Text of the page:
I have never cooked mutton with any vegetables but potatoes. Looks very interresting.
BTW I marinate my mutton with a few drops of raw mustard oil along with ginger-garlic, salt etc. and that gives a very nice flavor

notyet100 said...

This one looks yum,,I luv the flavour of mustard oil specially in bharta ,Aloo bhujia,and chokha..:)

evolvingtastes said...

I used to think mustard oil was an acquired taste, but I was hooked the minute I made lau(ki) with kalonji in mustard oil, and have never looked back. It has no substitute!

GB said...

Not for human consumption? Seriously? Mustard oil is to Indian cuisine, what olive oil is to Mediterranean food.
Of all the misguided, misinformed balderdash!
Okay, rant over.

My favorite dish to incorporate a healthy dose of mustard oil is aachari chicken-- lip-smacking good!
Have to try your subz gosth (I just know I spelled that wrong, lol!) though I hate turnips.

Shulie said...

Huh never heard of mustard oil not suitabe for human consumption. I wonder why the FDA disapproves when you can consume mustard seeds?! Is it in the process of extracting the oil I wonder? Great post & btw one of the successful dishes in this Americanized DC Indian restaurant was this very dish. It is a great place to go out in any case but one of the closest to authentic dishes they produced is something similar to this. They called it Kashmiri lamb though. Great thoughtful post!!

Soma said...

Yes we Bongs are still alive and kicking, even after years of eating food cooked with only mustard oil. The chicken and the dal and the fish and the raw sprinkle on aloo bhaate and begun pora, all tastes better with the M oil. Now I am def. coming over or rather eagerly looking forward. The oil, the delicious looking bowl and the bed. And may be a massage too with the not edible mustard oil? what say? ready for me?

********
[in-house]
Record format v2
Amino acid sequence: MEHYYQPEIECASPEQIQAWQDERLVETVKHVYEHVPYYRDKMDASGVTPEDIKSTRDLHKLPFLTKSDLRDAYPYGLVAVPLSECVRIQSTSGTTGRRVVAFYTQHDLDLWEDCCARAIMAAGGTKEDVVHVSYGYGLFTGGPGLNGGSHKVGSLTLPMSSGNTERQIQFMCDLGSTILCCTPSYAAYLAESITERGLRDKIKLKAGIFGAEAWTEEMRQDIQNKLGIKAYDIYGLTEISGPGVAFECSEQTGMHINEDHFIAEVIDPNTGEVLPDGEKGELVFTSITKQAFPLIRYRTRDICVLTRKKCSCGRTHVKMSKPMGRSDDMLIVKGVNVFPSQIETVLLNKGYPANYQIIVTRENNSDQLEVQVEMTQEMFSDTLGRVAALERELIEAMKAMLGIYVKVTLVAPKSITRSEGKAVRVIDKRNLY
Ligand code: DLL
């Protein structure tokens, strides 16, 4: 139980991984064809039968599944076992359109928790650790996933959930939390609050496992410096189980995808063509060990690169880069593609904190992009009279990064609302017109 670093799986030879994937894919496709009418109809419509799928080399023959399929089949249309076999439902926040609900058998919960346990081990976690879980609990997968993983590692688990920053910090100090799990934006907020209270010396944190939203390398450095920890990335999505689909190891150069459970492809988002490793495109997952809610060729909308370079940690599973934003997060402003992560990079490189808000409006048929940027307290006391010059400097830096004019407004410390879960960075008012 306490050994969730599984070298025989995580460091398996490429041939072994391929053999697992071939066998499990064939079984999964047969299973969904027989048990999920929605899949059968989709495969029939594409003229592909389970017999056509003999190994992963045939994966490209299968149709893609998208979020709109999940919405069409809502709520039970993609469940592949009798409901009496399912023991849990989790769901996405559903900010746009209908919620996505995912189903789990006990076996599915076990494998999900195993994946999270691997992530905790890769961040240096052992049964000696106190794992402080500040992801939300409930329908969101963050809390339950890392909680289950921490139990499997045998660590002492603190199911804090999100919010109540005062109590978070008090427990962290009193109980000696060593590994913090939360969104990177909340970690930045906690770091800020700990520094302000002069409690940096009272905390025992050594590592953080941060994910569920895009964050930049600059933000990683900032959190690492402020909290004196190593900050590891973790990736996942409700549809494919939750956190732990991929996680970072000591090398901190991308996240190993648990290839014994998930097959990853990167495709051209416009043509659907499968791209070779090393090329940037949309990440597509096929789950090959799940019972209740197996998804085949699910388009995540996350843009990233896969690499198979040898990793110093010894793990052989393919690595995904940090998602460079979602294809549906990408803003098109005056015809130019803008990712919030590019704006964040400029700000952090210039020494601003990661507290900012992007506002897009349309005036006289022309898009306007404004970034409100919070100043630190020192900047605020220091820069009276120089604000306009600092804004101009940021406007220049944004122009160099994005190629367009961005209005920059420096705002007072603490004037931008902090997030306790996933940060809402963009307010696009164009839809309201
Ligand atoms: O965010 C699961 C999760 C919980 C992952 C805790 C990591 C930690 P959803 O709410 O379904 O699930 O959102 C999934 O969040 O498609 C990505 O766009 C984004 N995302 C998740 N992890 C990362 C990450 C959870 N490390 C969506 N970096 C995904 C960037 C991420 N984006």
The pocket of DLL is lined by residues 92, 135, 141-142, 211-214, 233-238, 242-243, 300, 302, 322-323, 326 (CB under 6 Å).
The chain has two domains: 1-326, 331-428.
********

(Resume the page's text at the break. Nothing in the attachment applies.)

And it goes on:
Soma said...

just remembered that I used to be addicted to how the mutton smelled (while marinating), when maa marinated the mutton with ginger garlic paste, a little yogurt and some mustard oil.. try it!!

Joyce said...

Thank you for this post, Manisha.
mustard oil has no substitute. I've loved it since I cooked Anita's taher. I still yearn for it from time to time. And fish/meat definitely tastes better with mustard oil. The comments (above) about marinating mutton with mustard oil sound like a great idea.

Anita said...

Well, after your previous post I was planning to issue a similar PIA on the beautiful mustard oil, perhaps one of the most healthiest of oils! Since it is not a neutral oil, substituting it with others does mean a loss of traditional flavour.